Operational testing and evaluation is Sekhukhune’s first tasking


The latest addition to the SA Navy (SAN) fleet, SAS Sekhukhune (P1571) following commissioning last week, is now an “active” platform with operational testing and evaluation (OT&E) her first priority.

The multi-mission inshore patrol vessel (MMIPV) is the first new platform in the SAN patrol squadron joining the 40 plus year-old SAS Makhanda (P1569) as the only two active patrol vessels. The arrival of MMIPVs two, expected later this year, and three next April, will boost the Navy’s patrol capacity.

Ahead of any operational tasking, Sekhukhune and her crew, led by Commander Jabulani Mashamba and Executive Officer (XO) Lieutenant Commander Mapula More, will undergo OT&E to “determine  whether the ship can perform operations she was designed for,” according to the SAN.

Home port for Sekhukhune is the naval station at the port of Durban with logistic and back-up issues dictating OT&E will be done from fleet headquarters in Simon’s Town. A SAN response to defenceWeb has it the ship’s company are “intimately acquainted” with all systems aboard. This is one outcome of the MMIPV – and its sister ships – being built at nearby Damen Shipyards Cape Town (DSCT) saw regular visits and interaction during installation and testing of systems. “They are already familiar with the ship,” the SAN said.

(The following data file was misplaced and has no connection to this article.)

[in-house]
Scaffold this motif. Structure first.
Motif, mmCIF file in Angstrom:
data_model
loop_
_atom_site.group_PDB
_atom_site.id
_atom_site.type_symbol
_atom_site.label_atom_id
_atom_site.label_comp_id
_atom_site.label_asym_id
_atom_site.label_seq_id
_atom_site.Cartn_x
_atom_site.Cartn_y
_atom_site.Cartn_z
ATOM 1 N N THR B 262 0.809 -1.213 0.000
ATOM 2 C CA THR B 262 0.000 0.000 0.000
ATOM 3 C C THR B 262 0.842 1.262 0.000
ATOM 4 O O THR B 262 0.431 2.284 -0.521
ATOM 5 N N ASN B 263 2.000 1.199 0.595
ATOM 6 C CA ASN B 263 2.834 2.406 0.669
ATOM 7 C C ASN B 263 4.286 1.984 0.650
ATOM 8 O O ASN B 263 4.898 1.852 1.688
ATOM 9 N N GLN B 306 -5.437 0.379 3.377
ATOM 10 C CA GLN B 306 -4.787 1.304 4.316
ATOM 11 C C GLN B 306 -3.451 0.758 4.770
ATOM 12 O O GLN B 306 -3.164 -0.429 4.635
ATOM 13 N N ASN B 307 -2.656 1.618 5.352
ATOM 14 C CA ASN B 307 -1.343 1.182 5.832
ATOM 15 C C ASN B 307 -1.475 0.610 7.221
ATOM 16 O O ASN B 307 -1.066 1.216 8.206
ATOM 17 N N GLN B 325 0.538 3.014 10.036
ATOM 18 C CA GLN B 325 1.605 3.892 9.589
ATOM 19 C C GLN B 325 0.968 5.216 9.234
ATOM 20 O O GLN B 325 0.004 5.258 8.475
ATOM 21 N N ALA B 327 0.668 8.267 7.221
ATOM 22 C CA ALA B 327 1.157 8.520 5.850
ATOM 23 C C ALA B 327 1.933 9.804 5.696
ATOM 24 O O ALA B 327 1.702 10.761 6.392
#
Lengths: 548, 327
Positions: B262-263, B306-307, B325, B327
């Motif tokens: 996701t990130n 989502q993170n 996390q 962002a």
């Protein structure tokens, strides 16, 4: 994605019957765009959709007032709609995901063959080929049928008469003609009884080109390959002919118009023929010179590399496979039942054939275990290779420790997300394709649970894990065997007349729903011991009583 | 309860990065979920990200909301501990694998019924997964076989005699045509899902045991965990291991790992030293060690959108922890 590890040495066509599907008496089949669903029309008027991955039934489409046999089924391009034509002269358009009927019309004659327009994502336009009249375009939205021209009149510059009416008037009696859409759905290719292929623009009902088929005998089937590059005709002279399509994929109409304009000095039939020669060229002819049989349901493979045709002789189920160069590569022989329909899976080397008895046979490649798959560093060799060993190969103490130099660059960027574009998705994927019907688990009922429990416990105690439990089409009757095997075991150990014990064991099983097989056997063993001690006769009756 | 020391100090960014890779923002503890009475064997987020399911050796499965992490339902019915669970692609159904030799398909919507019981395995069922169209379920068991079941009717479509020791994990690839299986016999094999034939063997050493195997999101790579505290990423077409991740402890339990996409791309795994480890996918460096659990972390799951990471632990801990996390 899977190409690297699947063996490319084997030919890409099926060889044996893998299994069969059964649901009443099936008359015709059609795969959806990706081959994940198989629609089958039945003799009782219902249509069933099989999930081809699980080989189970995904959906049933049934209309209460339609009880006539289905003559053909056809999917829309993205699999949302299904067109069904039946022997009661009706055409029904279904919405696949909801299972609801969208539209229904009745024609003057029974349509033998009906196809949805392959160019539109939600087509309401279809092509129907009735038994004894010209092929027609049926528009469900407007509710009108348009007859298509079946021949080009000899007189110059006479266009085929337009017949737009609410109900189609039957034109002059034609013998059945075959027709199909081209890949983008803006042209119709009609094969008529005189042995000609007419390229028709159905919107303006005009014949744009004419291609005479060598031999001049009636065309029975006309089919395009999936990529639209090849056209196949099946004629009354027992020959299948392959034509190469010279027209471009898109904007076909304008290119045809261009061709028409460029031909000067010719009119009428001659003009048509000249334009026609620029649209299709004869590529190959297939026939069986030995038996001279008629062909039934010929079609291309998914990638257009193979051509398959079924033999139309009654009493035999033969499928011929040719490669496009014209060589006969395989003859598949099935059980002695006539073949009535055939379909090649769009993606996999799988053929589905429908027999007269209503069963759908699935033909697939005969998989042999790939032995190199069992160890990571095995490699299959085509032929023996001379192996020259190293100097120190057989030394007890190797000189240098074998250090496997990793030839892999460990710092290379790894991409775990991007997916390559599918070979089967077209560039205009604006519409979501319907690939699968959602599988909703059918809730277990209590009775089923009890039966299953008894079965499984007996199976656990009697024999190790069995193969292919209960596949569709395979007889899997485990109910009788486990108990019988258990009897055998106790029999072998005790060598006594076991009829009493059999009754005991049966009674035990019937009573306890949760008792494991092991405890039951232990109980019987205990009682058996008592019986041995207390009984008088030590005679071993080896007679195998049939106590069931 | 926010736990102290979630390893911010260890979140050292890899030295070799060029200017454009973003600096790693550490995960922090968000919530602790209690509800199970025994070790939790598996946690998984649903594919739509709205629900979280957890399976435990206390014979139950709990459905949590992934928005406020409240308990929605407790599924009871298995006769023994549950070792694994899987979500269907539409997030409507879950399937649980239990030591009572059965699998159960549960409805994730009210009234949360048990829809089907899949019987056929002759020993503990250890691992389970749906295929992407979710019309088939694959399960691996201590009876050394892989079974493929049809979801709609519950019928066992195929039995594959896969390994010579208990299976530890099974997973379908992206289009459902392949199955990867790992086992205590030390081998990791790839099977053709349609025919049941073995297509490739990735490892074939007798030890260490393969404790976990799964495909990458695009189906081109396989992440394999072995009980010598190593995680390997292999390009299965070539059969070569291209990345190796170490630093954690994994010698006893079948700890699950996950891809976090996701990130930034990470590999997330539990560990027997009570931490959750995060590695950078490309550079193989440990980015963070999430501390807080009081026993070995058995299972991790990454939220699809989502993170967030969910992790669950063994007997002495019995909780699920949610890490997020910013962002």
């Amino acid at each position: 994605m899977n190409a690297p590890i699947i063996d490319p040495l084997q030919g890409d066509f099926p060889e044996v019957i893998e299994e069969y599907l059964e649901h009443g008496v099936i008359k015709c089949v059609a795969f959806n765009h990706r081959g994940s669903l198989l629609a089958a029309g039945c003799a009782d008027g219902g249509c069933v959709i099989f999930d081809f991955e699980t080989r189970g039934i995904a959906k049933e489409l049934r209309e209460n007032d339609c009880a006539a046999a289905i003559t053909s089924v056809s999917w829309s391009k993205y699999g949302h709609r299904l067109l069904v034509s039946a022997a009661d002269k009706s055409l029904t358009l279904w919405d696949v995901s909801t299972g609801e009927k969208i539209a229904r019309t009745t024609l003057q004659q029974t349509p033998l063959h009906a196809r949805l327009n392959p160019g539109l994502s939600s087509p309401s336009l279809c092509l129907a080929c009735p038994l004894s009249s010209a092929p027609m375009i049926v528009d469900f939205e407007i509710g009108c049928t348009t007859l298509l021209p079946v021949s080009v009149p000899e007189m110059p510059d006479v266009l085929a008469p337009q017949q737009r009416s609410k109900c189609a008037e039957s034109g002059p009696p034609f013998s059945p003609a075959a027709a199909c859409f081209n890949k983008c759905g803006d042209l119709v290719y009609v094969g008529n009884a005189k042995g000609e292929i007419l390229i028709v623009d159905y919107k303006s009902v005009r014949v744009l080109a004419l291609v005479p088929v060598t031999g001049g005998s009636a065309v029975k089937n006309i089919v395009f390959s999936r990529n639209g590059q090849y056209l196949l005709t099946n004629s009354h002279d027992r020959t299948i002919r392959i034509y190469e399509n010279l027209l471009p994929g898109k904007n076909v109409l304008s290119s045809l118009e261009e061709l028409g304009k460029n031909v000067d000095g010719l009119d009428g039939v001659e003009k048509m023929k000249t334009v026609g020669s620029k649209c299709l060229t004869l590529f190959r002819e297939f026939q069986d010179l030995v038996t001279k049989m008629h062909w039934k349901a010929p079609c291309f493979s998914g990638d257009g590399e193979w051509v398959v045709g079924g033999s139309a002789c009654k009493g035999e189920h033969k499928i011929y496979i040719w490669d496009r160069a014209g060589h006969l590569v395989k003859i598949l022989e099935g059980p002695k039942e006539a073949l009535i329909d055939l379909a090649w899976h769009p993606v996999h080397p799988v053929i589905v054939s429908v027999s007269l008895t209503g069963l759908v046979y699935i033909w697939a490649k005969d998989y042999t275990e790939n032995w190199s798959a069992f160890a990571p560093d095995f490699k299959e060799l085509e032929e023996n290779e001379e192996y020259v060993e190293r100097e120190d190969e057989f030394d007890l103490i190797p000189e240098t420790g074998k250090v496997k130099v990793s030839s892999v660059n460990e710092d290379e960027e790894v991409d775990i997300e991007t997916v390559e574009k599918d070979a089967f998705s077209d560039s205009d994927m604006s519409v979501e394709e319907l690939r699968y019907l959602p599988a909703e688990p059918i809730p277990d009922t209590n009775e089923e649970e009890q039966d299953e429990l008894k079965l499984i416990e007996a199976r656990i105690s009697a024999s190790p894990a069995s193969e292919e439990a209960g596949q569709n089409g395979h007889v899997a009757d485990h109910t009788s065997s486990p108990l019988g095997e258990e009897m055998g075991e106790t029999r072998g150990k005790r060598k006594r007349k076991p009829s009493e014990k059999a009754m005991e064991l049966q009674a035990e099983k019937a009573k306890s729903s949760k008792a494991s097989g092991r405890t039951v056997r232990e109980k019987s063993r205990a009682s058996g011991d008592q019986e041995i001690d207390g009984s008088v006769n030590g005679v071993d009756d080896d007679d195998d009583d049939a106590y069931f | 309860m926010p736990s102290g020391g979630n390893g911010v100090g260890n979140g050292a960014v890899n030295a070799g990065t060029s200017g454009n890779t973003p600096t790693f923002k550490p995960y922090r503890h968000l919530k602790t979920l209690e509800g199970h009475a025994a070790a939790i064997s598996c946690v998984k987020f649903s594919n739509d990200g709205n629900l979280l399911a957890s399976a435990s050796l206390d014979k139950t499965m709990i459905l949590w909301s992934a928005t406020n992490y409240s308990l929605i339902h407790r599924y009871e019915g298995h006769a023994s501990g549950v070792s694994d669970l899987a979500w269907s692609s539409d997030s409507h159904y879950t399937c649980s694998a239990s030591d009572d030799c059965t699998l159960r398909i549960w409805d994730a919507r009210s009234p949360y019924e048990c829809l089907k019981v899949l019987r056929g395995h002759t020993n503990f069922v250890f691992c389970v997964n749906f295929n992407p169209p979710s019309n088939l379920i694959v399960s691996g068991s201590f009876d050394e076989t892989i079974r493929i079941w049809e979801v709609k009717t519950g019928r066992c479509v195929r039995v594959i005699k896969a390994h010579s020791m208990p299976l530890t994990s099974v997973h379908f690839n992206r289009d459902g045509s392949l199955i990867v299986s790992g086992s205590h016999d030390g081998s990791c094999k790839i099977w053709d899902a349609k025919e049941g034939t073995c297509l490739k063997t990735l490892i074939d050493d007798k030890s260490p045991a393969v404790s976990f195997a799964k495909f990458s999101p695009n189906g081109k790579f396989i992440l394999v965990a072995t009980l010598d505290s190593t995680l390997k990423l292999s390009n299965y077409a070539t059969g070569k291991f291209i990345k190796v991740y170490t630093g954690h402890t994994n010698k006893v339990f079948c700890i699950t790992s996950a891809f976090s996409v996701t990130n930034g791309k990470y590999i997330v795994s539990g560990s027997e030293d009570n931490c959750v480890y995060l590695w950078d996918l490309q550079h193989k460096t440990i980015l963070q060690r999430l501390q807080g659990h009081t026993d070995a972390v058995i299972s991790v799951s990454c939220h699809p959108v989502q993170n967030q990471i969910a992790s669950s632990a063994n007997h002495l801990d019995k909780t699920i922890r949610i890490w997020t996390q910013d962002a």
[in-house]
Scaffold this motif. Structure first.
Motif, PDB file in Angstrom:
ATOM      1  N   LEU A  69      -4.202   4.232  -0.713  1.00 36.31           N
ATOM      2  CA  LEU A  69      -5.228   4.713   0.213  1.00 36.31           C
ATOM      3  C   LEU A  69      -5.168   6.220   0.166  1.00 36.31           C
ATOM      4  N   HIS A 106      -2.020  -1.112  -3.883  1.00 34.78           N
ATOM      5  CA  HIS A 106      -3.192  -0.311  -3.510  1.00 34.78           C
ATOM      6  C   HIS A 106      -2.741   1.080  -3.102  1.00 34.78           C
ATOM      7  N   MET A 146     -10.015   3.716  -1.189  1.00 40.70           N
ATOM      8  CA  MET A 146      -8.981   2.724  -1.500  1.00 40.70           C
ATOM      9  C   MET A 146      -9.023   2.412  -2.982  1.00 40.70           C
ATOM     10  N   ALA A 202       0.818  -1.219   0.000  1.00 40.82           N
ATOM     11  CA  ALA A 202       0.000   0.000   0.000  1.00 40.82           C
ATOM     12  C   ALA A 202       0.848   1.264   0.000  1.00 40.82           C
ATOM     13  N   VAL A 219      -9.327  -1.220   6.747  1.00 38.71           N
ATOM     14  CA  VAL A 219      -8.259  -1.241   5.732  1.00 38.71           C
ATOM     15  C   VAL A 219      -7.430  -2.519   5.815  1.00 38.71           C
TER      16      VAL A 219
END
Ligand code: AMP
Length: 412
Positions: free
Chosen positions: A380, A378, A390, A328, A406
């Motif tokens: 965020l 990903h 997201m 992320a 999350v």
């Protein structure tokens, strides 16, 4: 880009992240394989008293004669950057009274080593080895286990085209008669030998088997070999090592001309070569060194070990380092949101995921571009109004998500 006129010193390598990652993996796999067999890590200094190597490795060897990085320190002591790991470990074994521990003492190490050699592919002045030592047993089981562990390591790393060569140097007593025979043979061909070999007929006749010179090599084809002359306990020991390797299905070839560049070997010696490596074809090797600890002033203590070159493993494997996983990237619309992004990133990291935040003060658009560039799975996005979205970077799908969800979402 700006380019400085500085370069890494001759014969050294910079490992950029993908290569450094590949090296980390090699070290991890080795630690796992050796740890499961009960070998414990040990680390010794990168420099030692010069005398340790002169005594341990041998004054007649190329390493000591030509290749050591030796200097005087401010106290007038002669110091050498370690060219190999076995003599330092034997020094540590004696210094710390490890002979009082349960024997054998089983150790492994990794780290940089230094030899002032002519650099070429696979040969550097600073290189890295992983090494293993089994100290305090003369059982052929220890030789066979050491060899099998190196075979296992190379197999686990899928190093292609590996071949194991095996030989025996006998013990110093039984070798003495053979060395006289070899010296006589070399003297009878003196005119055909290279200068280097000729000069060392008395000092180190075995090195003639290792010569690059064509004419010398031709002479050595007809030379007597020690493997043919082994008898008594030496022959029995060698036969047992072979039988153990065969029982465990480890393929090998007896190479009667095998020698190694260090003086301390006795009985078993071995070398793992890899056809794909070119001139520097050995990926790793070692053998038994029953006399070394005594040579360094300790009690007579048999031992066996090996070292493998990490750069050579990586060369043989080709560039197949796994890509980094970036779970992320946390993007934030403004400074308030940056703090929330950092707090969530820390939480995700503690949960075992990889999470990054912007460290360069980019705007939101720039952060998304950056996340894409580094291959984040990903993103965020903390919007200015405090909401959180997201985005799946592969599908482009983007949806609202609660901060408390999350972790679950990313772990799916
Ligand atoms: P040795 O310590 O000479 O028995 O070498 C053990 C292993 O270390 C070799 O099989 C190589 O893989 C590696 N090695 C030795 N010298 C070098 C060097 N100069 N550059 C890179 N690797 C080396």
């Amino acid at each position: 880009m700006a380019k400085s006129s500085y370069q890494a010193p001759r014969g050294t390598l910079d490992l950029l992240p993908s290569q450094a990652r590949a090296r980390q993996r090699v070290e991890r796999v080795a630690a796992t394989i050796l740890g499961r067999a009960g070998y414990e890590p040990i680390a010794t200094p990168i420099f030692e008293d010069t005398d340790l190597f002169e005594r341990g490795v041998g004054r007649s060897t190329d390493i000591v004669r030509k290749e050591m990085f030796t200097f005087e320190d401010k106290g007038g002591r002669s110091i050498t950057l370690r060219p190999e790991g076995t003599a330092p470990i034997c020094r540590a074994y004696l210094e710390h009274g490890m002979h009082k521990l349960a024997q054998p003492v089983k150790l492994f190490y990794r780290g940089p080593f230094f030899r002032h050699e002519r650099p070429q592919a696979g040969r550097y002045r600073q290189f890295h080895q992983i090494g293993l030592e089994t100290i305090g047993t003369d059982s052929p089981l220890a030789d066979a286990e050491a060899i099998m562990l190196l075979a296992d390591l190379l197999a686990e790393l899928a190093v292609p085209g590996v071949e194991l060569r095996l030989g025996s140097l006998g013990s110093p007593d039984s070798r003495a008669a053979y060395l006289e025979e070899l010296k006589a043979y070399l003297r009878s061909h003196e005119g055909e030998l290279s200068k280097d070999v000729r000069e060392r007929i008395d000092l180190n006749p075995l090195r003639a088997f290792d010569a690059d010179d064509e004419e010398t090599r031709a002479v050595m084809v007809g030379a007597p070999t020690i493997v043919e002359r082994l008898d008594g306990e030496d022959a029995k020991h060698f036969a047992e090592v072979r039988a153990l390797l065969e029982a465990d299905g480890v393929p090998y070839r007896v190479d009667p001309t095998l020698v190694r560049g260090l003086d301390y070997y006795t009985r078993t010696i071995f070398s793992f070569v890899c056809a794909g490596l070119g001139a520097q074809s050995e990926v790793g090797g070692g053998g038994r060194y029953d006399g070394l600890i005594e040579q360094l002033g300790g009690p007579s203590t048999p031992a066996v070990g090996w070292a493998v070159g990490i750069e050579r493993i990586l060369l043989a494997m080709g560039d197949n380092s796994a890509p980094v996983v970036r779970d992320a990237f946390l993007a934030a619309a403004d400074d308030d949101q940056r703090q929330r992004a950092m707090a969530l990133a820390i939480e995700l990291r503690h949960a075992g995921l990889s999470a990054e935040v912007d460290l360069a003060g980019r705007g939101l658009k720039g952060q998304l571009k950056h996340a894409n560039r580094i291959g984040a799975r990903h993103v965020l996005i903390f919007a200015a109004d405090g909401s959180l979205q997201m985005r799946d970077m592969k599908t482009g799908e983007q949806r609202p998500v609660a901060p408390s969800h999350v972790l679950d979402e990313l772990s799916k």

Another reason Simon’s Town was selected for OT&E above Durban is warranty. “The ship is still in warranty and should any problems occur, she will be close to DSCT to address issues”.

Sekhukhune was, the SAN said, “procured to be utilised in South African territorial waters, but can also operate in international waters”.

Missions in her future, post successful OT&E, include curbing illicit activities, such as smuggling, maritime resource poaching and IUU (illegal, unreported and unregulated) fishing.